"Remember before the internet?" asks Joi Ito. "Remember when people used to try to predict the future?" In this engaging talk, the head of the MIT Media Lab skips the future predictions and instead shares a new approach to creating in the moment: building quickly and improving constantly, without waiting for permission or for proof that you have the right idea. This kind of bottom-up innovation is seen in the most fascinating, futuristic projects emerging today, and it starts, he says, with being open and alert to what's going on around you right now. Don't be a futurist, he suggests: be a now-ist.
MIT Media Lab founder Nicholas Negroponte takes you on a journey through the last 30 years of tech. The consummate predictor highlights interfaces and innovations he foresaw in the 1970s and 1980s that were scoffed at then but are ubiquitous today. And he leaves you with one last (absurd? brilliant?) prediction for the coming 30 years. If you haven't yet, you should read (or re-read) his classic "Being Digital."
First: “Stay in your lane.” You’ve been hired because you bring a certain expertise to the team and the company. Try to resist putting additional or undue pressure on yourself trying to learn it all from day one. It's human nature to feel insecure about everything you "don't know". By staying focused on your core competencies you will be able to contribute much sooner, add greater value long term, and enjoy and have more peace especially in the early days.
I've been following the work of Angela Ahrendts at Burberry for a while. Working with Christopher Bailey they were doing really awe-inspiring work with technolovy, social and physical design at their retail stores. When it was announced that she had left the CEO position to join Apple I was surprised. I've been looking forward to seeing how her sensibilites and perspective will change Apple. Since WWDC this year we've begun to see Apple go through a transition into the next phase of the company. And now to see Ahrendts blog publicly discussing the company and her role in it is such an unexpected move from the secretive company. I am looking forward to the next Apple consumer event where they introduce new products and Ahrendts comes out to discuss the retail operation. It is an exciting time.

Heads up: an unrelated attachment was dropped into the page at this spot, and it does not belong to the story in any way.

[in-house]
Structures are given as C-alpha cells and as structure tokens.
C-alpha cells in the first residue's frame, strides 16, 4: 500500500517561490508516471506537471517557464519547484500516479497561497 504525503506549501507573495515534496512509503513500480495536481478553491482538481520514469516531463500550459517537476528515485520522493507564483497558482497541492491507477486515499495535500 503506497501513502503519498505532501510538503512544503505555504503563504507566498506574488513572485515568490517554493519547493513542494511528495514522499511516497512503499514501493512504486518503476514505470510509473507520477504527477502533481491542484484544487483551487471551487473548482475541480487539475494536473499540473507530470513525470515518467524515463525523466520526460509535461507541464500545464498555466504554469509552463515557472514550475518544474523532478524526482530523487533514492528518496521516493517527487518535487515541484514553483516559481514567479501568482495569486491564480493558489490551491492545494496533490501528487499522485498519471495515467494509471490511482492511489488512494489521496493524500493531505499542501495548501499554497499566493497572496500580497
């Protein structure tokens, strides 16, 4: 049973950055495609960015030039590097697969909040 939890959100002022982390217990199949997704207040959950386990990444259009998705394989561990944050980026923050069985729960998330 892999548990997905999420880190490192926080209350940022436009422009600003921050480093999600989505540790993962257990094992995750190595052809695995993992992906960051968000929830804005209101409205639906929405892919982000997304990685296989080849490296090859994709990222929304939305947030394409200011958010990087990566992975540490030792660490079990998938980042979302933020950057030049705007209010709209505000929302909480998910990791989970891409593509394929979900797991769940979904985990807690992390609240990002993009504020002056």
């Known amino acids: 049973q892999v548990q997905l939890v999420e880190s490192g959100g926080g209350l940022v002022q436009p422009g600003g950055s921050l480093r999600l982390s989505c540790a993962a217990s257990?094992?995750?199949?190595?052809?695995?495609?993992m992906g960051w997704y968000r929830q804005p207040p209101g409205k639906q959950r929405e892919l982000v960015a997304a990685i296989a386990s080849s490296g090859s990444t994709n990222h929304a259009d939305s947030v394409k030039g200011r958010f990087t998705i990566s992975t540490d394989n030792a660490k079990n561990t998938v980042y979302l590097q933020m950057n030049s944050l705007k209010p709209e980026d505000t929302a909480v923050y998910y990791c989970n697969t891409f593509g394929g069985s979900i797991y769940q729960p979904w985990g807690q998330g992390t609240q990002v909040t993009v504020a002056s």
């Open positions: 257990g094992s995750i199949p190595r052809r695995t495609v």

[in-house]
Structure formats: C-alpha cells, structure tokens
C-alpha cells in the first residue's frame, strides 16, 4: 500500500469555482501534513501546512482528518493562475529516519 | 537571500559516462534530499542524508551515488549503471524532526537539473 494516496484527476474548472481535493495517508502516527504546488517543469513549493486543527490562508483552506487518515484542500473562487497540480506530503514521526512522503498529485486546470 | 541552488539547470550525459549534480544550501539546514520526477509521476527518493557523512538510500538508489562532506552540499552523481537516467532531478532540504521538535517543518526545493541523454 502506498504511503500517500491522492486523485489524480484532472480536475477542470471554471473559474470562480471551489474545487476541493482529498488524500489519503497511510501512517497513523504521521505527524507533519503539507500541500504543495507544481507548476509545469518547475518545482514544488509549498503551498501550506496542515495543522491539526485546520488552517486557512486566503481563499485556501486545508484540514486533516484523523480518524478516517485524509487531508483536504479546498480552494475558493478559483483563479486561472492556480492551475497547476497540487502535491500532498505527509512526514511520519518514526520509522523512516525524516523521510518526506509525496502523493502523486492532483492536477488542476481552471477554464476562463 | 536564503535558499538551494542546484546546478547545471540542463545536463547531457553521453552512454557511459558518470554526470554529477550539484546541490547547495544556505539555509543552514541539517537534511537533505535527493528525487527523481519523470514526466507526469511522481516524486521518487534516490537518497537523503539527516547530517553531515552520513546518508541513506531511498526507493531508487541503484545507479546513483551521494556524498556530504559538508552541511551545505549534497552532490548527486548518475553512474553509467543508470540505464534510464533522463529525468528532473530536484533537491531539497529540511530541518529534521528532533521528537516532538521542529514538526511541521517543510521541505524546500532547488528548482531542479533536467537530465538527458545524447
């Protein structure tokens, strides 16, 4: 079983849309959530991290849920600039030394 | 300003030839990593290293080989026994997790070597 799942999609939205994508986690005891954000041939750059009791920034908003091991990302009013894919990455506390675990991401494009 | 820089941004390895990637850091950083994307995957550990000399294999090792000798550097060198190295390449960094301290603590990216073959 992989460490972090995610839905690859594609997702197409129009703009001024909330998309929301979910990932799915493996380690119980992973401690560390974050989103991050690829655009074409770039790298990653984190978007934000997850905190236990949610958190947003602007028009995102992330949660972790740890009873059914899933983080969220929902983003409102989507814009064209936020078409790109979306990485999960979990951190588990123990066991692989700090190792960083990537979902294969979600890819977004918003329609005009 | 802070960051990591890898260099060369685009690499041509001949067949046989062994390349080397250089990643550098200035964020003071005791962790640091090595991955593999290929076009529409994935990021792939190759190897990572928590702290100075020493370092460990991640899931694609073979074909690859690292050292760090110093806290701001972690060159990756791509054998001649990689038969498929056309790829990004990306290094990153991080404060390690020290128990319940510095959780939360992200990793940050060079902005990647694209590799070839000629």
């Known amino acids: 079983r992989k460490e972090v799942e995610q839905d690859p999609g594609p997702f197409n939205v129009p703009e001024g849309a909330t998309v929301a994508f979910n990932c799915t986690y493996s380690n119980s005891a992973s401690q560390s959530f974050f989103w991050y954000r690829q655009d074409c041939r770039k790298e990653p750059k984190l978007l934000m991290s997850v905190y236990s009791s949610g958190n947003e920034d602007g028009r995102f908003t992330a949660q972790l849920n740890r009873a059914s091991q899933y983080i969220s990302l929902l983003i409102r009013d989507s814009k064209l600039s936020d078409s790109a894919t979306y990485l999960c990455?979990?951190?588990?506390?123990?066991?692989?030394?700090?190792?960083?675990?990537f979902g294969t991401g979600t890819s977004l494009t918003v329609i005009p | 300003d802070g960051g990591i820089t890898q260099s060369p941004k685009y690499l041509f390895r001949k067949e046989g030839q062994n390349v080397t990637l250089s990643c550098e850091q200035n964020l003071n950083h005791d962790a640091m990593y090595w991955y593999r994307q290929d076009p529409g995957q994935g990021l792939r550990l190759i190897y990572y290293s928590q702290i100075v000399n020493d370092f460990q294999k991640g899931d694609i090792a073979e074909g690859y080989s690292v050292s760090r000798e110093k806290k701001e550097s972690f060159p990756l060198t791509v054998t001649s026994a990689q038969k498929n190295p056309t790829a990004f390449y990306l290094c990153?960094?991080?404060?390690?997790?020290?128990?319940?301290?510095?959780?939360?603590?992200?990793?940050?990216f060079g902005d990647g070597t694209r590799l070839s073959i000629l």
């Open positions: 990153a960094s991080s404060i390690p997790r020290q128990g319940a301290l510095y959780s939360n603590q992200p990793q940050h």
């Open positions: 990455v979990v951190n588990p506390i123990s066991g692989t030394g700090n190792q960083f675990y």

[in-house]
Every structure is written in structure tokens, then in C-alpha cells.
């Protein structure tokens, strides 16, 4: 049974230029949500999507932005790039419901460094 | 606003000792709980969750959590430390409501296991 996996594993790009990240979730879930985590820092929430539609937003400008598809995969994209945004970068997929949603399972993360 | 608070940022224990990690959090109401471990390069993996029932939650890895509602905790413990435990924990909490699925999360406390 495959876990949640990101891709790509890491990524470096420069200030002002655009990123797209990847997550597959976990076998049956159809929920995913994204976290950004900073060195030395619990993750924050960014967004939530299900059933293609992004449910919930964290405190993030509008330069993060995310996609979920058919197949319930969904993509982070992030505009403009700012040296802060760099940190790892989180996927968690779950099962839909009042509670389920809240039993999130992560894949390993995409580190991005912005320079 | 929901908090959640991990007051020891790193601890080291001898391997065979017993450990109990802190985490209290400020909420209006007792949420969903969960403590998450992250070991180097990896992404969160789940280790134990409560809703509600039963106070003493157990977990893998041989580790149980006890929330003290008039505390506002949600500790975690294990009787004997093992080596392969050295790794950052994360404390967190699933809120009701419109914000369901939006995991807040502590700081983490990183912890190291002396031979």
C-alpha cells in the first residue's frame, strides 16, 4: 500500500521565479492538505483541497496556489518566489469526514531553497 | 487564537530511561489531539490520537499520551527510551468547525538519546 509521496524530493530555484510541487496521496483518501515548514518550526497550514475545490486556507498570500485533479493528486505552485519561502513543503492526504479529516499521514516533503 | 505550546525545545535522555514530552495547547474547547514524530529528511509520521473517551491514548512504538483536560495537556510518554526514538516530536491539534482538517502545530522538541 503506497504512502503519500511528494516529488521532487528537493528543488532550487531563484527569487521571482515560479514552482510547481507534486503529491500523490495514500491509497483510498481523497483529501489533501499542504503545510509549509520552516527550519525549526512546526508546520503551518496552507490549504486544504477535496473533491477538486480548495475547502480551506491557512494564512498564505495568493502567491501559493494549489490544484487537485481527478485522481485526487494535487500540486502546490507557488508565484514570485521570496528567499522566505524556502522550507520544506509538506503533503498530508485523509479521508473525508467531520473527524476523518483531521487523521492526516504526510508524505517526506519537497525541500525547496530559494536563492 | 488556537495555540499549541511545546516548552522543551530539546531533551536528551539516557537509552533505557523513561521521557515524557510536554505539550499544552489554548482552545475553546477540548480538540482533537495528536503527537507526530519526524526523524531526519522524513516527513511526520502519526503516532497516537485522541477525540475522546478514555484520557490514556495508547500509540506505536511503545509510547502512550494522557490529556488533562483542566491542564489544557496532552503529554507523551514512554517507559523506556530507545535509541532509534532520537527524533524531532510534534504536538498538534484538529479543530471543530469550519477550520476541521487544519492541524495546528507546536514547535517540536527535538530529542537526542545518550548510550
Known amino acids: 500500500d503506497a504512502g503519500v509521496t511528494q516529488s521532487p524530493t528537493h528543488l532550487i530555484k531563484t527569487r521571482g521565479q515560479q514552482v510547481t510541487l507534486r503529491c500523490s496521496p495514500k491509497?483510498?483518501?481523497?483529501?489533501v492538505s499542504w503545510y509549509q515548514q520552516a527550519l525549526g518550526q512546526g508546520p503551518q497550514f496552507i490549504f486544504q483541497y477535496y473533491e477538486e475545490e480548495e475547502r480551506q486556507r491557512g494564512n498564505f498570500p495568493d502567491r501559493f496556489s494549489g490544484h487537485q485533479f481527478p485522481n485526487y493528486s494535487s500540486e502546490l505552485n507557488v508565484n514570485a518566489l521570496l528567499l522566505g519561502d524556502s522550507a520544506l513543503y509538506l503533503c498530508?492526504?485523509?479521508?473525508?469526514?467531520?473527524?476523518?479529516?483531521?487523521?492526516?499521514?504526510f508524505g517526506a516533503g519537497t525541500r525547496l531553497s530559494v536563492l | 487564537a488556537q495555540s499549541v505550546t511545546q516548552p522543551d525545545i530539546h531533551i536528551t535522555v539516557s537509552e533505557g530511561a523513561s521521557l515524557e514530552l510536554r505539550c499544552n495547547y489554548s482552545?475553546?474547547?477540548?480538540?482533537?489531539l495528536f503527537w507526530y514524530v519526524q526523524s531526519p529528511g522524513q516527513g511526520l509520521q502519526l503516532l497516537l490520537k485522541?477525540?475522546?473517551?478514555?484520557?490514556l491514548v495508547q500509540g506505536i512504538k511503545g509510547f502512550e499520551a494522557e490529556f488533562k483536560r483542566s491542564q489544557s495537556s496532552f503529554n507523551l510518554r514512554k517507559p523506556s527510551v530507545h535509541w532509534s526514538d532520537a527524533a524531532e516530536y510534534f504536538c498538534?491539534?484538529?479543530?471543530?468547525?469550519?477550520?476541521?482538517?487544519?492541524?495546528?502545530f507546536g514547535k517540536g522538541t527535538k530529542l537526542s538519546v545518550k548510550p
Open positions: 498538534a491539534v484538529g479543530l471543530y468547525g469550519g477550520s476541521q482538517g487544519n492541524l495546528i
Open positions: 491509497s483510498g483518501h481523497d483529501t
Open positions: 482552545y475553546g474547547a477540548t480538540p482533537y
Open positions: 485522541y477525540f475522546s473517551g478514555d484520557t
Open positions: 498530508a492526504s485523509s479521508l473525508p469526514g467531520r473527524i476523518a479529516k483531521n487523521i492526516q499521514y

Krista Donaldson uses design to fight jaundice, create prosthetic limbs, and solve some of the developing world’s most vexing problems. This is why we was selcted as the 2014 ALVA Award winner, a special prize presented by Behance in partnership with GE to recognize remarkable serial inventors.
In this 99U talk, she offers a peek into her team’s design process for getting complicated medical treatments to all corners of the world for a price anyone can afford. Chief among her advice? Talk to your customers. Then talk to them again. And use all that feedback to iterate and, when needed, drastically shift your design process. “We want closure on our projects…but people and society and technologies change. You want to be okay with the ambiguity.”
Do your work, your best work, the work that matters to you. For some people, you can say, "hey, it's not for you." That's okay. If you try to delight the undelightable, you've made yourself miserable for no reason.